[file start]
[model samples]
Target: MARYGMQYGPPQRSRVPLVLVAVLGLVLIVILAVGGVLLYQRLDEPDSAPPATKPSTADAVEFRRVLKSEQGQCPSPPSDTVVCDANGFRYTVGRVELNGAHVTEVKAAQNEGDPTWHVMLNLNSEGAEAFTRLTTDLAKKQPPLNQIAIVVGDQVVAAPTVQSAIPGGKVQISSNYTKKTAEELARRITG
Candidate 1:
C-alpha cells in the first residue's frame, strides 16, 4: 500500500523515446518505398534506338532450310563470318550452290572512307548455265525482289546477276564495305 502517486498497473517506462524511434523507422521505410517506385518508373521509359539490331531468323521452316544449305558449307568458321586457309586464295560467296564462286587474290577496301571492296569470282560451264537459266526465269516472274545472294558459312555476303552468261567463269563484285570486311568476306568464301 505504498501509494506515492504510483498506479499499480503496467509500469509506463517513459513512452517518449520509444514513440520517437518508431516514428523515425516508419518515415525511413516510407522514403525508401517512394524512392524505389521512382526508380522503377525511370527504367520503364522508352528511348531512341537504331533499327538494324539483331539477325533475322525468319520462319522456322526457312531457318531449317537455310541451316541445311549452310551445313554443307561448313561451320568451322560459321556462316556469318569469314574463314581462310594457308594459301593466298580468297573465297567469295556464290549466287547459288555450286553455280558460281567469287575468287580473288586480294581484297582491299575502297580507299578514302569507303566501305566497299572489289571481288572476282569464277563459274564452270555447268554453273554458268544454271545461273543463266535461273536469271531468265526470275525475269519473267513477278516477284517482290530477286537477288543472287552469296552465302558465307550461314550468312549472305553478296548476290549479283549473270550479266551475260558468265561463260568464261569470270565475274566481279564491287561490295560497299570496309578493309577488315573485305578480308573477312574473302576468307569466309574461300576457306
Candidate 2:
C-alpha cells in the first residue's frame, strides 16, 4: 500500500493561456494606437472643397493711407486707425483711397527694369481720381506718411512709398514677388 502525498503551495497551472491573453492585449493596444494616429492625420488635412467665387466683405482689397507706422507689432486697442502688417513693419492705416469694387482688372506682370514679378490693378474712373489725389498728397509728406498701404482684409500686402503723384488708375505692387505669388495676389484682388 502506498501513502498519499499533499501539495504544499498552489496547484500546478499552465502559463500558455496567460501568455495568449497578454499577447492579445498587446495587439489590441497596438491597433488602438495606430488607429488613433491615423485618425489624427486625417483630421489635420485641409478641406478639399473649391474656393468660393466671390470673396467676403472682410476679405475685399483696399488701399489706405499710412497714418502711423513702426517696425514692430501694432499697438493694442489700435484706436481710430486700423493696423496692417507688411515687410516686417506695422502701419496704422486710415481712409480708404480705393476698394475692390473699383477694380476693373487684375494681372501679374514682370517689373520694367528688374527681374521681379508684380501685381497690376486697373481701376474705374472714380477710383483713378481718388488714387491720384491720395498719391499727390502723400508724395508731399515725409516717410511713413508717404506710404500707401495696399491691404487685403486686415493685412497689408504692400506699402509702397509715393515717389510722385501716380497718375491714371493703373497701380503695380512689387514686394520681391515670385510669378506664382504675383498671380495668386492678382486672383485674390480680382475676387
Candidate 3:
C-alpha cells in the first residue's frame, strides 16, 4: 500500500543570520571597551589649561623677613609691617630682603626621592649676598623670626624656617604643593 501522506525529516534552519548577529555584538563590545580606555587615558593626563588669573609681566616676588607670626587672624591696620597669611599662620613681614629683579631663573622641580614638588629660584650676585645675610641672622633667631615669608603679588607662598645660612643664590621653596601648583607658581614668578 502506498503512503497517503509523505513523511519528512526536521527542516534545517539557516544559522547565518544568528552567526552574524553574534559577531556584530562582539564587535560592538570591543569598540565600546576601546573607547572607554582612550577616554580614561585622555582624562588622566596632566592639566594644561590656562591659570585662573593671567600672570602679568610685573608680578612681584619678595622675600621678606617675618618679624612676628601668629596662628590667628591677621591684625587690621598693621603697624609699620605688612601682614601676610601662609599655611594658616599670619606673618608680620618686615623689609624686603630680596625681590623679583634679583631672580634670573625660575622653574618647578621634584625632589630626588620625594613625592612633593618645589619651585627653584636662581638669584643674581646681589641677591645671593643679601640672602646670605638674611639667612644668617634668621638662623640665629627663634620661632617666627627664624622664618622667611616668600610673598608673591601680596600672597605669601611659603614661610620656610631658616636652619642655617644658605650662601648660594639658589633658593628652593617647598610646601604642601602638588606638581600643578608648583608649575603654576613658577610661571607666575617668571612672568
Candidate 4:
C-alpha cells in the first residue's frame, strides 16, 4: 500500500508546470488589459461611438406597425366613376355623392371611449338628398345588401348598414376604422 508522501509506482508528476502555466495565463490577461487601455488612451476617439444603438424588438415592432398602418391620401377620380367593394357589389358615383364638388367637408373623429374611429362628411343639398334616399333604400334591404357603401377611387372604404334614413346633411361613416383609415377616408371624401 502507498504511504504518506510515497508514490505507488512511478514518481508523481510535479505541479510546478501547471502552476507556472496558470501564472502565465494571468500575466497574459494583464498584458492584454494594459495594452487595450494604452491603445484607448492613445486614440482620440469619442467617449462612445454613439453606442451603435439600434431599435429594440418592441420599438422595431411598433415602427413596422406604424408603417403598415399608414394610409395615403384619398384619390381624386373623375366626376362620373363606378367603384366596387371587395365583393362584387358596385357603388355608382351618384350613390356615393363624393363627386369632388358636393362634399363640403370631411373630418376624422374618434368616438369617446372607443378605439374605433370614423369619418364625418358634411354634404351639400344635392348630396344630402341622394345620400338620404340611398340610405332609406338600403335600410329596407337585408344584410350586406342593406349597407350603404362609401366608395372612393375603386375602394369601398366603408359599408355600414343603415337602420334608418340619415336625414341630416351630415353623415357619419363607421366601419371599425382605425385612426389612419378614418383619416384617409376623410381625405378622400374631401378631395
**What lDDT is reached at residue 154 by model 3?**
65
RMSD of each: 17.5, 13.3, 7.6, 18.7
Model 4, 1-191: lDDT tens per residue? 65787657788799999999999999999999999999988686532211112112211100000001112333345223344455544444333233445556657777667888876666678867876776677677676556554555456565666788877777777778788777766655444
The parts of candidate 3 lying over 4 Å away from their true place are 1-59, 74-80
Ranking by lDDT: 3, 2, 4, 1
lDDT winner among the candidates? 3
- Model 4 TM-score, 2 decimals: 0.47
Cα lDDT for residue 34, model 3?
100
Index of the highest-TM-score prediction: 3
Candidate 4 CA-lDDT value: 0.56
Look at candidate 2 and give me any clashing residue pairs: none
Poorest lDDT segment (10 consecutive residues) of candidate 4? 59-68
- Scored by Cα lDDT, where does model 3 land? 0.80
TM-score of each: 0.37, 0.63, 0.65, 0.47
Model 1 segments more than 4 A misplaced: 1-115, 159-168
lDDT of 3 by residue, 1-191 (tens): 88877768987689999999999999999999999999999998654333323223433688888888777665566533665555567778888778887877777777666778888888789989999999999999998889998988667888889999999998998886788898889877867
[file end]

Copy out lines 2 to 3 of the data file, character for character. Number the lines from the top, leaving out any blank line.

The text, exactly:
Target: MARYGMQYGPPQRSRVPLVLVAVLGLVLIVILAVGGVLLYQRLDEPDSAPPATKPSTADAVEFRRVLKSEQGQCPSPPSDTVVCDANGFRYTVGRVELNGAHVTEVKAAQNEGDPTWHVMLNLNSEGAEAFTRLTTDLAKKQPPLNQIAIVVGDQVVAAPTVQSAIPGGKVQISSNYTKKTAEELARRITG
Candidate 1: